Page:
In August, apple prices in Czech stores rose to a record 50 crowns per kilo (about 1.85 Euro), which entails a year-on-year increase of 66 percent. According to Martin Ludvík, chairman of the Fruit Union of the Czech Republic, several factors are to blame for this, including a relatively low supply not only in the Czech Republic, but also in a number of neighboring countries," he says.
The Czech Republic relies on apple imports - as about half of what Czechs consume is imported. "There were few apples in stock, and not only in our country, so Europe has been forced to import apples from distant destinations, such as South America or New Zealand," he said.
The spring season was also marked by the pandemic. People were told to consume more fruit and vegetables, and "the retail chains increased their prices. I dare say that, at least in this matter, they were the ones making the best from the state of emergency," he says.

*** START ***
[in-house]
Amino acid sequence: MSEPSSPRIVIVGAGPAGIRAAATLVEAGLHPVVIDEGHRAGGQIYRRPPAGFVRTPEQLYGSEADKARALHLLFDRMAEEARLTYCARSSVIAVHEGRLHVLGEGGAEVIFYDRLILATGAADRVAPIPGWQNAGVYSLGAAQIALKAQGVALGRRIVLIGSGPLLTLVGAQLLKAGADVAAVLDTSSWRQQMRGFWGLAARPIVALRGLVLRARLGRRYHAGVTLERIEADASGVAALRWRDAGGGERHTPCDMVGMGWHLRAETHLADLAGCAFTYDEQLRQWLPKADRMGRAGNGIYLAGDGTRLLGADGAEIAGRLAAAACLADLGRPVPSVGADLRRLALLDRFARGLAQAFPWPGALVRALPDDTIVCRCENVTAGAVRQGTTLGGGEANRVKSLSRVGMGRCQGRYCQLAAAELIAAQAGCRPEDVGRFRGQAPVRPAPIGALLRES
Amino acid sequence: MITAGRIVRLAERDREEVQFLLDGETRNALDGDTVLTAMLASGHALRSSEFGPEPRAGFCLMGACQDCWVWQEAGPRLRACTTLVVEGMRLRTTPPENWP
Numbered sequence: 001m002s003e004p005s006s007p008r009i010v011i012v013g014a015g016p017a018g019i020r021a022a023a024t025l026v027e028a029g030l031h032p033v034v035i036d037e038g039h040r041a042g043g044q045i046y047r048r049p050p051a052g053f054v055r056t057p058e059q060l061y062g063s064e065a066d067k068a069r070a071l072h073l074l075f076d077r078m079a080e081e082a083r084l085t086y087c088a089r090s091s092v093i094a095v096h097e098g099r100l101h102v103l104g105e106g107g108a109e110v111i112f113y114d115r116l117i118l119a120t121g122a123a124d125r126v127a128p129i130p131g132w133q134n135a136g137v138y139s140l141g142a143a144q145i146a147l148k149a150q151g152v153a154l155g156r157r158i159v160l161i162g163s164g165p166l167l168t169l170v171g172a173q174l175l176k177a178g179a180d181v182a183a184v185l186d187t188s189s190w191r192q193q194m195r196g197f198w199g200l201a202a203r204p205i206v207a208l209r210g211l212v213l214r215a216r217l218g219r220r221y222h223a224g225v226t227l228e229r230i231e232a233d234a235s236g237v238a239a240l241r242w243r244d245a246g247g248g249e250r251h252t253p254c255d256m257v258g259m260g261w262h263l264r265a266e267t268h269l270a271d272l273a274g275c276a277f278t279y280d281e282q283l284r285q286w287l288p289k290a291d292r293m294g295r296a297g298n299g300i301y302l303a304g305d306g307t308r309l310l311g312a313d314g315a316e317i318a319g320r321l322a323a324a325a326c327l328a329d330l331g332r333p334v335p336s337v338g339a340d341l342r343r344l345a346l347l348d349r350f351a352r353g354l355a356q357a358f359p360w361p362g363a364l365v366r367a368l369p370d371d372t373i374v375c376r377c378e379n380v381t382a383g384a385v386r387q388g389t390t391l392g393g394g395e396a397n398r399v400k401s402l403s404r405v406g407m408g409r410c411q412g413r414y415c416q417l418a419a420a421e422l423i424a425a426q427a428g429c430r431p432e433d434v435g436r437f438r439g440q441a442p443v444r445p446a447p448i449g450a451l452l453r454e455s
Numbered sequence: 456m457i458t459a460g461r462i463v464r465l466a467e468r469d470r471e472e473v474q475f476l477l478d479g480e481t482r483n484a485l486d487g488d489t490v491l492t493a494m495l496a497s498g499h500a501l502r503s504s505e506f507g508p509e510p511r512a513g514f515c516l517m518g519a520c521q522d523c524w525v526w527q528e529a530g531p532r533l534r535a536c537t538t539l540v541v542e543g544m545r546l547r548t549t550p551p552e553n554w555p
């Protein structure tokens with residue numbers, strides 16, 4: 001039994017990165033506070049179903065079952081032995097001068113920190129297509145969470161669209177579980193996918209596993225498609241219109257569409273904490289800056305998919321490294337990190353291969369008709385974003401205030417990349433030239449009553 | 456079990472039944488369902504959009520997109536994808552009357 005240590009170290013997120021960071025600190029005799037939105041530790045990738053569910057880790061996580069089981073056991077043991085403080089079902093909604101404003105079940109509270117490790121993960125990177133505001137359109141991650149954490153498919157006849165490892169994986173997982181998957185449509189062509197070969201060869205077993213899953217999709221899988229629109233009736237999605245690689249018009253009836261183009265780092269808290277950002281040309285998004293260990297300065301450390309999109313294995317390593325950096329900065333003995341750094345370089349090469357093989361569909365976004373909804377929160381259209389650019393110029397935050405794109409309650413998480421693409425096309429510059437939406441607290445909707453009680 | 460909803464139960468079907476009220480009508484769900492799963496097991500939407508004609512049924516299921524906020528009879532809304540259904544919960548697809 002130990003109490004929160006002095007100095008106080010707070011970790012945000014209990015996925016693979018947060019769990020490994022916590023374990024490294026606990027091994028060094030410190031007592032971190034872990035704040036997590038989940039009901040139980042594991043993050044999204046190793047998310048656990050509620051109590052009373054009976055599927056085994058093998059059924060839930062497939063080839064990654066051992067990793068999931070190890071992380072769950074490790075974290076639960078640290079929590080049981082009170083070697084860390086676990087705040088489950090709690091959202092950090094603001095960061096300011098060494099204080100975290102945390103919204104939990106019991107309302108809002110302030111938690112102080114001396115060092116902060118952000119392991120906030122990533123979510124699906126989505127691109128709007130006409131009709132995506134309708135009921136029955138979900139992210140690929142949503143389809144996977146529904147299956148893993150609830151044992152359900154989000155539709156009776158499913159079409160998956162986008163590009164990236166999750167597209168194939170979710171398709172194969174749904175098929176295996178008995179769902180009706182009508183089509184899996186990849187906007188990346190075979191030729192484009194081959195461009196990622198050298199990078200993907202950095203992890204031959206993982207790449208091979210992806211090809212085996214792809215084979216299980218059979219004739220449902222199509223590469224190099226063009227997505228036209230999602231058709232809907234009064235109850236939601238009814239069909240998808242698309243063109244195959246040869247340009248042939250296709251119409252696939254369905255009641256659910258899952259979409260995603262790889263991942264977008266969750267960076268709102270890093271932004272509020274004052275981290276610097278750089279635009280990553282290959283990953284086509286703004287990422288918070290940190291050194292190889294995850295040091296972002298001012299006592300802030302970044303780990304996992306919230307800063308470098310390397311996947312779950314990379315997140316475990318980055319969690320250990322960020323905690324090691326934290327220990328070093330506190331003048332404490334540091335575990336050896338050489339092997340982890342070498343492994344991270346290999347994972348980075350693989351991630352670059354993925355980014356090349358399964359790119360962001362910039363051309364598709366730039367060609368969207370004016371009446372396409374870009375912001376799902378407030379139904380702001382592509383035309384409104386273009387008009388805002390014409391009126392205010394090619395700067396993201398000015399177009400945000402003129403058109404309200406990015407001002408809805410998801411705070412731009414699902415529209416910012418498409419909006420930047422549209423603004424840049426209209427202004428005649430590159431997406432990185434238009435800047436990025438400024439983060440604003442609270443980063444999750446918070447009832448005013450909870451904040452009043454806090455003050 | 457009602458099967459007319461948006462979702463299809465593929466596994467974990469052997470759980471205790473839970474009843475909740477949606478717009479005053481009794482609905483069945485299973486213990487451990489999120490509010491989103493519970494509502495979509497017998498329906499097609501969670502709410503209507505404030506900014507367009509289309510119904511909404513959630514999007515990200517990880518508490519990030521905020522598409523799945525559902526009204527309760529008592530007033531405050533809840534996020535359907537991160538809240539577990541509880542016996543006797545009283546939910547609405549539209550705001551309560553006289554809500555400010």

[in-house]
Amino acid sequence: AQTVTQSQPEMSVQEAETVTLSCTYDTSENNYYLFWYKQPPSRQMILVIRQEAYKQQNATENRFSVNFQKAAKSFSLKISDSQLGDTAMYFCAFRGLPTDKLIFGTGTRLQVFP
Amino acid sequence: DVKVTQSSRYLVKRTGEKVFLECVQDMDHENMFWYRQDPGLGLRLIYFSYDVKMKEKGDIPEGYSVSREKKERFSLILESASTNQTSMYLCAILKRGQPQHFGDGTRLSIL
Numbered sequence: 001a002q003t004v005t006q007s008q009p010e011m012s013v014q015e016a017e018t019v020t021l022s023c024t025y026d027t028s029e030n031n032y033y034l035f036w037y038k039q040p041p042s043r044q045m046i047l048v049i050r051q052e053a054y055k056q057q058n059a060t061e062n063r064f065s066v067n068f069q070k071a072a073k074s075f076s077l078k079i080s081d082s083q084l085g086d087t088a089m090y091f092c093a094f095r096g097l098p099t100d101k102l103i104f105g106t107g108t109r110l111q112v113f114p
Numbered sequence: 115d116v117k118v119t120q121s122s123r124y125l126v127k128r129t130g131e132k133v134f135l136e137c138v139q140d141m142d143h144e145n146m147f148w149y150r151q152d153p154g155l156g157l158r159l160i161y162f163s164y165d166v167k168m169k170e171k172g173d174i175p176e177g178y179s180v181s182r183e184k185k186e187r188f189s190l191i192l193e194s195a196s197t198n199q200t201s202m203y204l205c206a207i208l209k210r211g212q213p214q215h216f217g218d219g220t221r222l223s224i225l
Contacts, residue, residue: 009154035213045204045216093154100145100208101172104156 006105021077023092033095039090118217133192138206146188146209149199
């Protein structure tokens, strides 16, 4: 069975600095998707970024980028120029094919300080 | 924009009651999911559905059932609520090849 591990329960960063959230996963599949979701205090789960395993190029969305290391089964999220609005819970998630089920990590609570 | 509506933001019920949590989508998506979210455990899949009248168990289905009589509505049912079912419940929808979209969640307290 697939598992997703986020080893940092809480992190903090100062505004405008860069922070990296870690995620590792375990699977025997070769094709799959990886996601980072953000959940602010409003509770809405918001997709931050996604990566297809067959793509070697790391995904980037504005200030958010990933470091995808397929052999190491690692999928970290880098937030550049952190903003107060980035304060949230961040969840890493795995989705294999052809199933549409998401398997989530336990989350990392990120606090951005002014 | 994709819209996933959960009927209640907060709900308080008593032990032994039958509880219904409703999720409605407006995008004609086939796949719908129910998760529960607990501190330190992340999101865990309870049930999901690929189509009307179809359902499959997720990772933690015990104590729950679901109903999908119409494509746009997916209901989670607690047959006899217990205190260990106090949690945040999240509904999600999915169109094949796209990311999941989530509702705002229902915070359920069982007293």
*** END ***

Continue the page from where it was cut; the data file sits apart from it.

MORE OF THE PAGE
This year's apple harvest in the Czech Republic, estimated at just over 111,000 tons, will be below average, but still higher than last year's. "It doesn't matter if the harvest is average or above average, as imports will still play a determining role," he says.
In any case, with the current harvest, apple prices should go down. Fresh produce is coming to the market which is not burdened by storage costs. "At the moment, growers are selling their apples for around 25 crowns (0.92 Euro), and they are still sold for around 45 crowns (1.66 Euro) in stores. Prices should now continue to fall," he predicts.